The past century has brought an onslaught of innovation. Don't believe it? Try to imagine modern life without television, the internet, microwaves, or social media.
But despite those and other technological advances, one thing hasn't changed too much: the distance that cars can travel on one gallon of gasoline.
To prove that point, Michael Sivak and Brandon Schoettle from the University of Michigan's Sustainable Worldwide Transportation program surveyed fuel economy figures from 1923 to 2015. Sad to say, the findings published in their new report, On-Road Fuel Economy of Vehicles in the United States: 1923-2015, are a little depressing.
In 1923, America's fleet of cars, trucks, buses, and vans earned an average of 14 miles to the gallon. As with other technologies, you might expect that figure would improve over time. Computers, for example, have improved at lighting speed: today's mobile phones have more processing power than the first manned rockets. Surely, fuel economy should improve at a similar rate, right?
Sadly, it hasn't. In fact, Sivak and Schoettle show that 1923 was something of a high-water mark for many years. Over the next half-century, average fuel economy actually fell, bottoming out at 11.9 miles per gallon in 1973.
Of course, we all know what happened then: the 1973 Oil Crisis, when fuel prices spiked, lines at gas stations wrapped around the block, and ultimately, newly elected president Jimmy Carter sat by a fire in a cardigan, encouraging Americans to support his push toward energy independence via renewables like solar power.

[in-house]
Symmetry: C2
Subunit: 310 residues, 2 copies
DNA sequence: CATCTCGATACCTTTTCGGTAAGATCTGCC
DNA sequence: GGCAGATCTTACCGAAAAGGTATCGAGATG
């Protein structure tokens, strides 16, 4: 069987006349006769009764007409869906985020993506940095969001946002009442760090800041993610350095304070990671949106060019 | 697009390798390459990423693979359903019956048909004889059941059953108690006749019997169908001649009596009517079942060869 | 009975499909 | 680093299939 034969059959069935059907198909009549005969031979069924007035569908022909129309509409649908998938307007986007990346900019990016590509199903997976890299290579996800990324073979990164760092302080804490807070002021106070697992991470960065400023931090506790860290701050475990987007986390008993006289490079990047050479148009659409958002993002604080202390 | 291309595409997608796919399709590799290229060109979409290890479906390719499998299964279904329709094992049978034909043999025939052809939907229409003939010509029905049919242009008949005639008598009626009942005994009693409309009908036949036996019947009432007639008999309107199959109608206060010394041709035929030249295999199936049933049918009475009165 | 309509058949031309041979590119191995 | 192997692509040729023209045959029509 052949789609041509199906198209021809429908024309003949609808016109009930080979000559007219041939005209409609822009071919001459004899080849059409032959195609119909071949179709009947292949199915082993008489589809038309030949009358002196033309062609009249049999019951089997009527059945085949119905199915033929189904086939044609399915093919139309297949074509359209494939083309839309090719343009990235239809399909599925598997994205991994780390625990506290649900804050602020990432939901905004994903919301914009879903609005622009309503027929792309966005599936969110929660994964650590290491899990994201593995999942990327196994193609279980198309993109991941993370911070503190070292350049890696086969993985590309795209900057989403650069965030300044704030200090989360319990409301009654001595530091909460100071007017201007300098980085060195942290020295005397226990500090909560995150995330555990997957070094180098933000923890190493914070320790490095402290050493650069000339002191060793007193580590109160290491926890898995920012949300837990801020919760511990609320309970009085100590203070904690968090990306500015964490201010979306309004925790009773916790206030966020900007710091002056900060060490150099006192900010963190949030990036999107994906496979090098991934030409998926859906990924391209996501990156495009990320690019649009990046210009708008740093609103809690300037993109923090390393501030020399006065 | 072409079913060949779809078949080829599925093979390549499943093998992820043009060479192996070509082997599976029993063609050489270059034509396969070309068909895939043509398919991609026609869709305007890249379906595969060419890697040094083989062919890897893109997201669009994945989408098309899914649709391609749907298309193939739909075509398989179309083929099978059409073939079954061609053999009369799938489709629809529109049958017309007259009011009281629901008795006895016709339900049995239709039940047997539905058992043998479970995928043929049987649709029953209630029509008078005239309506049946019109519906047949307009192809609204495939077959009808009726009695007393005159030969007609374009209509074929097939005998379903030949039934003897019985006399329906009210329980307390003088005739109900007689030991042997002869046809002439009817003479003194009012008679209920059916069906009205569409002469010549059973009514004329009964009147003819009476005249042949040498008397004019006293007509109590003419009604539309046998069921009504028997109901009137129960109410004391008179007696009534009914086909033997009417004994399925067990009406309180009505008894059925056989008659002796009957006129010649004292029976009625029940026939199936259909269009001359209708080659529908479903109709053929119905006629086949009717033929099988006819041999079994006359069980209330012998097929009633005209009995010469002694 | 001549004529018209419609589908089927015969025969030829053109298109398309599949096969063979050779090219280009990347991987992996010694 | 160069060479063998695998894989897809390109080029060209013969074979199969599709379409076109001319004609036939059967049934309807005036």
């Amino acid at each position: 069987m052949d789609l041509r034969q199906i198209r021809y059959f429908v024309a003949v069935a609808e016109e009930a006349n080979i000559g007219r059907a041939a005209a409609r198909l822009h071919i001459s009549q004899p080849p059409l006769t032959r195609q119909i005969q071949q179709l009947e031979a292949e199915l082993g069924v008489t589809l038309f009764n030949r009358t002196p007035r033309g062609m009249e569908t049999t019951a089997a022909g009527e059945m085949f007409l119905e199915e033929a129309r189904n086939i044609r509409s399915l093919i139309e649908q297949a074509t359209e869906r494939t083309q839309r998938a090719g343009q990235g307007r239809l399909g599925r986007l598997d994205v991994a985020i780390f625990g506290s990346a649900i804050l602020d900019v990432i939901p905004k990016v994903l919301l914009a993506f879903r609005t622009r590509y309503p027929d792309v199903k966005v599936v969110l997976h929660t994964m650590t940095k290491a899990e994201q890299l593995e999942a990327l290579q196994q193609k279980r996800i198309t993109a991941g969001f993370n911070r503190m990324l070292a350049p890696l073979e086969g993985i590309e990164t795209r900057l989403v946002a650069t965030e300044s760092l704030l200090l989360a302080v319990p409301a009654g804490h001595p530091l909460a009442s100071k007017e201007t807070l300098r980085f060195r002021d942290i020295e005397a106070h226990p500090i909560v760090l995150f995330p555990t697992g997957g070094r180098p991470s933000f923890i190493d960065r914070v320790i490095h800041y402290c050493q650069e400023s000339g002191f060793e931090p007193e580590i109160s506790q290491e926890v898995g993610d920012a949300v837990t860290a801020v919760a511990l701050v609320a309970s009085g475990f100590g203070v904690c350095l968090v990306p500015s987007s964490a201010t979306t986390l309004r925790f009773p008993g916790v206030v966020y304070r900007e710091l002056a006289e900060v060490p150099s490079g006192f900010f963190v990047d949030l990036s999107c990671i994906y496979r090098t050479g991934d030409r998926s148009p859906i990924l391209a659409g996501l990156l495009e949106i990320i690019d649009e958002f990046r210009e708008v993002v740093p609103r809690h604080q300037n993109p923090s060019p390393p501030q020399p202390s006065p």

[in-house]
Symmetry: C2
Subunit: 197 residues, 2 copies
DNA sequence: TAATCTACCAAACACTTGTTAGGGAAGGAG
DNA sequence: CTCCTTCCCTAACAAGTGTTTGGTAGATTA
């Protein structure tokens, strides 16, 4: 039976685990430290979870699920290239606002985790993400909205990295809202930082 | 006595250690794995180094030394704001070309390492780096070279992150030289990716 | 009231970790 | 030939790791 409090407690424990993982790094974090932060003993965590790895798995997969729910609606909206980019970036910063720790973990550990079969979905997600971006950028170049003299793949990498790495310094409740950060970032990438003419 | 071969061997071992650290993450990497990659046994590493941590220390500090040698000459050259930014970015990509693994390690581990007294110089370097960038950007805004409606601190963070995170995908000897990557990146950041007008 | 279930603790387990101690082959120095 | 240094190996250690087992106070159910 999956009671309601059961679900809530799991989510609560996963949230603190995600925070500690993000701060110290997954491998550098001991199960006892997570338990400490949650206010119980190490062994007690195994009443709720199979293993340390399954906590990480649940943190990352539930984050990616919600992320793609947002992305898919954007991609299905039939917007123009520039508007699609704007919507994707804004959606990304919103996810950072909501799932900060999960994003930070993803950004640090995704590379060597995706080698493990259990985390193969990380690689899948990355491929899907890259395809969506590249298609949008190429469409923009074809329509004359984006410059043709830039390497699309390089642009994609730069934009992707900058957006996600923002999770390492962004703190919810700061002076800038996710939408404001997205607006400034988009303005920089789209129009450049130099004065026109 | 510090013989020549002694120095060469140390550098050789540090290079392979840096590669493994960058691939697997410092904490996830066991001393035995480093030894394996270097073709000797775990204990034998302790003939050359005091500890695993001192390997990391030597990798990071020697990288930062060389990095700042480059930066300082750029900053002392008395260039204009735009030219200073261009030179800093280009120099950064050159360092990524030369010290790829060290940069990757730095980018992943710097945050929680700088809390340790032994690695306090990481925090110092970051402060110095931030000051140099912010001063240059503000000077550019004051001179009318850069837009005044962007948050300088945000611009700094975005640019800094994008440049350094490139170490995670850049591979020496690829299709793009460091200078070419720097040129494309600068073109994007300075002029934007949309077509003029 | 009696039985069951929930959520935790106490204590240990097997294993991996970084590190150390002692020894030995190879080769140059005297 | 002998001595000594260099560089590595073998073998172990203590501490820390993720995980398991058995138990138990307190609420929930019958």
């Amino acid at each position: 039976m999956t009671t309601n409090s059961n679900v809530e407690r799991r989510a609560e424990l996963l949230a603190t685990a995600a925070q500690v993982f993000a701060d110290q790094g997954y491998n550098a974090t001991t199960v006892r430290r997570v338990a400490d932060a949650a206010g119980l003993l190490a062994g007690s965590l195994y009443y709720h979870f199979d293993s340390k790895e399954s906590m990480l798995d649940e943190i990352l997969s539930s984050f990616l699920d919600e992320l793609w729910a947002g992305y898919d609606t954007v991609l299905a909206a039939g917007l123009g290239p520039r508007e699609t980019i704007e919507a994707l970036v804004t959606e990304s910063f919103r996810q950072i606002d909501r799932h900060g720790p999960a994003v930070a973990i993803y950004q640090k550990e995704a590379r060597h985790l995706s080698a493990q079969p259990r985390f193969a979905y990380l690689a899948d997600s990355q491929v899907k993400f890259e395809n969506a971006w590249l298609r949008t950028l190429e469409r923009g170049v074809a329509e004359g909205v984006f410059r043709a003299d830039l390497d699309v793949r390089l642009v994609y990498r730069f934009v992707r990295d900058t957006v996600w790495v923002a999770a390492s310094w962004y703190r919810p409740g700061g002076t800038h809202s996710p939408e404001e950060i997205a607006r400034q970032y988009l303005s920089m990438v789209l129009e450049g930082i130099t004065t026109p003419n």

Within 20 years, average fuel economy had regained a fair bit of ground, hitting 16.9 miles per gallon in 1991.
Since then, though, improvement efforts have stalled. Over the next 24 years, the average fuel economy of vehicles registered in America rose just one mile per gallon--yes, one--hitting 17.9 in 2015, when Sivak and Schoettle's study ended.
So, what's the problem?
Sivak and Schoettle's work is to present baseline, quantifiable data. Their aim is solely to share fuel economy stats, not theorize about why those stats might move in one way or the other.
However, the duo do include a couple of hints about the factors at work--factors that can, at a minimum, help us interpret the data, if not fully understand why it is the way it is.
For example, they note that during the 50-year period from 1923 to 1973, much automotive technology did improve. At that time, however, car companies were focused on making vehicles faster and more powerful, not on making them more fuel efficient.
The fall of 1973 was a very rude awakening. Because America sided with Israel during the Arab-Israeli War (aka the Yom Kippur War, aka the Ramadan War), the Organization of Arab Petroleum Exporting Countries initiated a five-month embargo on crude-oil sales to the U.S. Fuel prices soared, and America launched a number of initiatives to avoid or minimize the effect of similar crises in the future.
Most notably, Congress passed Corporate Average Fuel Economy legislation, which set fleet-wide fuel economy benchmarks for automakers. That caused car companies to focus on making vehicles more efficient, which, in turn, led to the glut of small cars we saw in the mid-1970s and more than a few awful diesels.
But what CAFE also did was distinguish between light-duty vehicles like the cars many of us drive every day and heavy-duty vehicles like buses, delivery vans, and the like. As a result, there's more pressure for car-makers to improve their efficiency stats than there is for manufacturers of larger vehicles.
That's borne out in the stats above. In the graph, you can see that while truck stats have remained flat since the early 1990s, cars have seen fairly significant improvements in fuel economy since 1973. Whether that trend will continue under the Trump administration remains to be seen.
You can find a PDF of Sivak and Schoettle's abstract here.